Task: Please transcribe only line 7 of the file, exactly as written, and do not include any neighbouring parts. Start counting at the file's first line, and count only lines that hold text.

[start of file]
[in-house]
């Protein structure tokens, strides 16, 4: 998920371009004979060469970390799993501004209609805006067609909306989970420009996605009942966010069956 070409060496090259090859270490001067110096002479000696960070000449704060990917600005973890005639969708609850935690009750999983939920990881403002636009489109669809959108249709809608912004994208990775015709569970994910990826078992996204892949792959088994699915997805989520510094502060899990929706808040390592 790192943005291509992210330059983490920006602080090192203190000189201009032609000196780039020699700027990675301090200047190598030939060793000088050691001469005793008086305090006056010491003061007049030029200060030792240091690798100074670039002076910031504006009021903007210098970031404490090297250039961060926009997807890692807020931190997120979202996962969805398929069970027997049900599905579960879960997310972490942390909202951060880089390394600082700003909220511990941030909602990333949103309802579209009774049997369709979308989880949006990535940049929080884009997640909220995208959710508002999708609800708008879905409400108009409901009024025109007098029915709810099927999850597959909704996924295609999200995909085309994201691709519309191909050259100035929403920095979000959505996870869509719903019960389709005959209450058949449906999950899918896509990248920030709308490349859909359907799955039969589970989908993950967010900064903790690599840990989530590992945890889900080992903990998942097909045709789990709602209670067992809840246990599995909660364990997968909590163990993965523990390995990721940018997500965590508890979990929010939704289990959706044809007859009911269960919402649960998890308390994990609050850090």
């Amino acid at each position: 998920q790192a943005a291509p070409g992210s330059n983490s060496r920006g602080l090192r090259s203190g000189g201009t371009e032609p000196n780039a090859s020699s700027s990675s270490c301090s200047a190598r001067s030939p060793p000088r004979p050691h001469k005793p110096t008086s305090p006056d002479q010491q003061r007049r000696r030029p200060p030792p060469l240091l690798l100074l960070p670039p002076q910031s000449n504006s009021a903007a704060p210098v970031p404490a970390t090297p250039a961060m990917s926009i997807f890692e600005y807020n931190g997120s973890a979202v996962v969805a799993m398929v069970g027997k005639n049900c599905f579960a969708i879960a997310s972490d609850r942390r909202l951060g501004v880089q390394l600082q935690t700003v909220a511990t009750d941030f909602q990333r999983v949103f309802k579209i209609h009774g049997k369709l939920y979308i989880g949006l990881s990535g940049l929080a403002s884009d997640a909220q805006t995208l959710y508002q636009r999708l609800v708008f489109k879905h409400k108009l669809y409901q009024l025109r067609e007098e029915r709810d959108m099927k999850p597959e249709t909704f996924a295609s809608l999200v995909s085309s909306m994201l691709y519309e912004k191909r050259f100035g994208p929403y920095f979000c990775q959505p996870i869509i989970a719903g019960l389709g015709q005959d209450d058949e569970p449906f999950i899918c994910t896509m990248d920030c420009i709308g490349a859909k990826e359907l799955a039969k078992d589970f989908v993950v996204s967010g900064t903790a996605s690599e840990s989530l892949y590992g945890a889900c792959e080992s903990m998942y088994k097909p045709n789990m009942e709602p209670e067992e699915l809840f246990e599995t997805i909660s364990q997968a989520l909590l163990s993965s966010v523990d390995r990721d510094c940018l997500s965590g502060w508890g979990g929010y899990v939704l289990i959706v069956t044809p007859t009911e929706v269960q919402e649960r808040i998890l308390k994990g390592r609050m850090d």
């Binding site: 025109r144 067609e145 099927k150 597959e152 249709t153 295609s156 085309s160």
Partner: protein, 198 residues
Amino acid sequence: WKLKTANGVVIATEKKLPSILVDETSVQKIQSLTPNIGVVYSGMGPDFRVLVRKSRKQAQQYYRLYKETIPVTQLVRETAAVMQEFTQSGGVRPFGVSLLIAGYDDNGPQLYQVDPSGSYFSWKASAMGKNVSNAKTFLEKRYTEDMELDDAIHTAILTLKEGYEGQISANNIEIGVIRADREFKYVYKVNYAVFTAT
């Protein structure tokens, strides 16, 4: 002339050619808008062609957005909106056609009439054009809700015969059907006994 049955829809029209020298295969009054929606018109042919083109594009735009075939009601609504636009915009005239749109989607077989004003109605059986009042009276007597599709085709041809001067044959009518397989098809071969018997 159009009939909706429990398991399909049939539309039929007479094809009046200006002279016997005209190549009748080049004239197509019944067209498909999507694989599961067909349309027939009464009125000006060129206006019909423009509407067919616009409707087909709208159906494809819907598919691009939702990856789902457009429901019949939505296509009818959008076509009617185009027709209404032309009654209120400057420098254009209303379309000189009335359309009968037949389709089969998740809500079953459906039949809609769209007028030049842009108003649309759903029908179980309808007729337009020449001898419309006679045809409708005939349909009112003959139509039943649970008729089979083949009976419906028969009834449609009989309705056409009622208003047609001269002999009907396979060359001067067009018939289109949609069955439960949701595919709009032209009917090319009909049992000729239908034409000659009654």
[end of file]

């Protein structure tokens, strides 16, 4: 002339050619808008062609957005909106056609009439054009809700015969059907006994 049955829809029209020298295969009054929606018109042919083109594009735009075939009601609504636009915009005239749109989607077989004003109605059986009042009276007597599709085709041809001067044959009518397989098809071969018997 159009009939909706429990398991399909049939539309039929007479094809009046200006002279016997005209190549009748080049004239197509019944067209498909999507694989599961067909349309027939009464009125000006060129206006019909423009509407067919616009409707087909709208159906494809819907598919691009939702990856789902457009429901019949939505296509009818959008076509009617185009027709209404032309009654209120400057420098254009209303379309000189009335359309009968037949389709089969998740809500079953459906039949809609769209007028030049842009108003649309759903029908179980309808007729337009020449001898419309006679045809409708005939349909009112003959139509039943649970008729089979083949009976419906028969009834449609009989309705056409009622208003047609001269002999009907396979060359001067067009018939289109949609069955439960949701595919709009032209009917090319009909049992000729239908034409000659009654």